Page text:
CISTERCIANS. An order of monks founded Citeaux (109S) (Cistercium; whence the name), near Dijon, in Burgundy, by St. Robert. Robert became first a Benedictine monk. But he wished to introduce a stricter observance of the Benedictine rule than that which he found to prevail. In 1075 he retired to the forest of Molesme, near Chatillon, and founded a small colony of hermits there. But again he became dissatisfied with the way in which the rule was observed. He retired to Haur, a forest in the neighbourhood. only to be re called by the Bishop of the diocese. In 109S, however. with the permission of the papal legate, Archbishop Hughes of Lyons, he removed to Citeaux (Cistercium), near Dijon. Here be formed a community of hermits. who undertook to observe strictly the rules of St. Beue diet (see BENEDICTINES). Then a monastery was built, of which Robert became Abbot. But again he was recalled, and was obliged to return to Molesme, where in 110S he died. The successor of Robert at Citeaux. Alberic, succeeded in 1100 in having the monastery placed under the direct authority of the Pope. He also drew up the Statute Monachorum Cistertiensium, which adopted the strict observance of the rule of St. Benedict. The habit of the order was changed from grey to white (In the choir, but black in the streets). In the time of Alberic's successor, the Englishman Stephen Harding (t 1134), thirteen new monastries were founded. In 1113 Bernard, with a number of companions, was admitted into the Monastery of Citeaux. Two years later it became necessary to found four new monasteries, and Bernard was sent to found one of them at Clairvaux (whence his designation St. Bernard of Clairvaux).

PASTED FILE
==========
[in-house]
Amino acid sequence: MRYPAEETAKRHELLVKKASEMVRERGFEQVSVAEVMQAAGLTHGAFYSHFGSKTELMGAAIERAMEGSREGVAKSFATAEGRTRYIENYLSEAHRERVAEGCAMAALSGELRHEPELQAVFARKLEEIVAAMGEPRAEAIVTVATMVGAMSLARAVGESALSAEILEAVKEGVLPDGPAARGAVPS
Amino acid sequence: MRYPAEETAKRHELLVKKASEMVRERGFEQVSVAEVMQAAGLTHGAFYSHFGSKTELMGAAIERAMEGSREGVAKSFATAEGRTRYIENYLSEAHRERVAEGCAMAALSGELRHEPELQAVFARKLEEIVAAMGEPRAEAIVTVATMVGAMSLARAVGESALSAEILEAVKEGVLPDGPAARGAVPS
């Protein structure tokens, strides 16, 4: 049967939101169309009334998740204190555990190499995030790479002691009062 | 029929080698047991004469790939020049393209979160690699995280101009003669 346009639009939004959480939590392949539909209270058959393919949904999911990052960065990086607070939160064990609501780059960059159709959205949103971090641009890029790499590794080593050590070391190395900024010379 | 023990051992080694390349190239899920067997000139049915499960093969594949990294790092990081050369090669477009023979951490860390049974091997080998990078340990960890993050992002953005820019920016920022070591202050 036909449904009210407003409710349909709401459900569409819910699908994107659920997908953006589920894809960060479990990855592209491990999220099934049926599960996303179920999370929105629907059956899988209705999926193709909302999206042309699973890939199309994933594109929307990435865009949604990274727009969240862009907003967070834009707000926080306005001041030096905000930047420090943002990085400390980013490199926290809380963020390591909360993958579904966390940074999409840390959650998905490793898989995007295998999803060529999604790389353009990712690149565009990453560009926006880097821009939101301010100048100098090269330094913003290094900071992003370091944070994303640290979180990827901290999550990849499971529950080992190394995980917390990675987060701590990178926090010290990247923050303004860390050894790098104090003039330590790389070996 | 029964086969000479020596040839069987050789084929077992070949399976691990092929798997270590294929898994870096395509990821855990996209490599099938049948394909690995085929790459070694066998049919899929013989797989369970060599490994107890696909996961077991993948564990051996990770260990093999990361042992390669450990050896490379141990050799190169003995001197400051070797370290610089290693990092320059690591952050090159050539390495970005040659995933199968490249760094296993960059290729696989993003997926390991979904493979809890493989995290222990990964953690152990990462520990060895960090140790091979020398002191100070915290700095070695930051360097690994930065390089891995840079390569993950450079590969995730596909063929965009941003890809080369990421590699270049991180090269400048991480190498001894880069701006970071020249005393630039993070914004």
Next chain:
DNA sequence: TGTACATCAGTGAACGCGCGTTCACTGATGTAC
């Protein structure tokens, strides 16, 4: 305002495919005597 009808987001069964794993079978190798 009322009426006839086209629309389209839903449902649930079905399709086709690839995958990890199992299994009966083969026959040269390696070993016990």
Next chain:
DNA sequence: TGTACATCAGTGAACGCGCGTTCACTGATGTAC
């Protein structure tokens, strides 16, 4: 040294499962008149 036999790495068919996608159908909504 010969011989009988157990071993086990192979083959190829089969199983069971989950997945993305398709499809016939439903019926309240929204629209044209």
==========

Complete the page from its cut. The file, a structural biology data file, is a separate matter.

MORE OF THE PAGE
Bernard gave a great impetus to the movement. "Led by St. Bernard, and following the Pope, the order occu pied one of the very first places in the Christian world. It crushed the heretics, Abelard, Arnold of Brescia, the Cathari, etc.; it preached the second crusade; it called into life the military orders of the Templars, of Cala trava, Alcantara, Montesa, Avis, and Christ. In 1143 the kingdom of Portugal declared itself a fief of the Abbey of Clairvaux; and in 157S the abbey actually tried to make good its claims " (Schaff-Herzog). After St. Bernard the members of the order are sometimes called Bernardines. The Cistercians, under the strict observ ance of the rule of St. Benedict, abstained from meat, fish, eggs and grease, and usually from milk. They fasted from September 14th to Easter. But after the middle of the thirteenth century the discipline of the order began to be relaxed, and the order itself began to decline. In 1475, by a brief of Pope Sixtus IV., the monks of Citeaux were allowed the use of meat. In 1485, by order of the general chapter, it was allowed in all convents on three days in the week. There were protests against this which in course of time took the form of new congregations (see FEUILLANTS, TRAP PISTS). There were at one time eighteen hundred Cistercian abbeys. In England at the time of the dis solution, there were about one hundred houses for monks or nuns. See Schaff-Herzog; Benham; the Oath. Diet.: Brockhaus.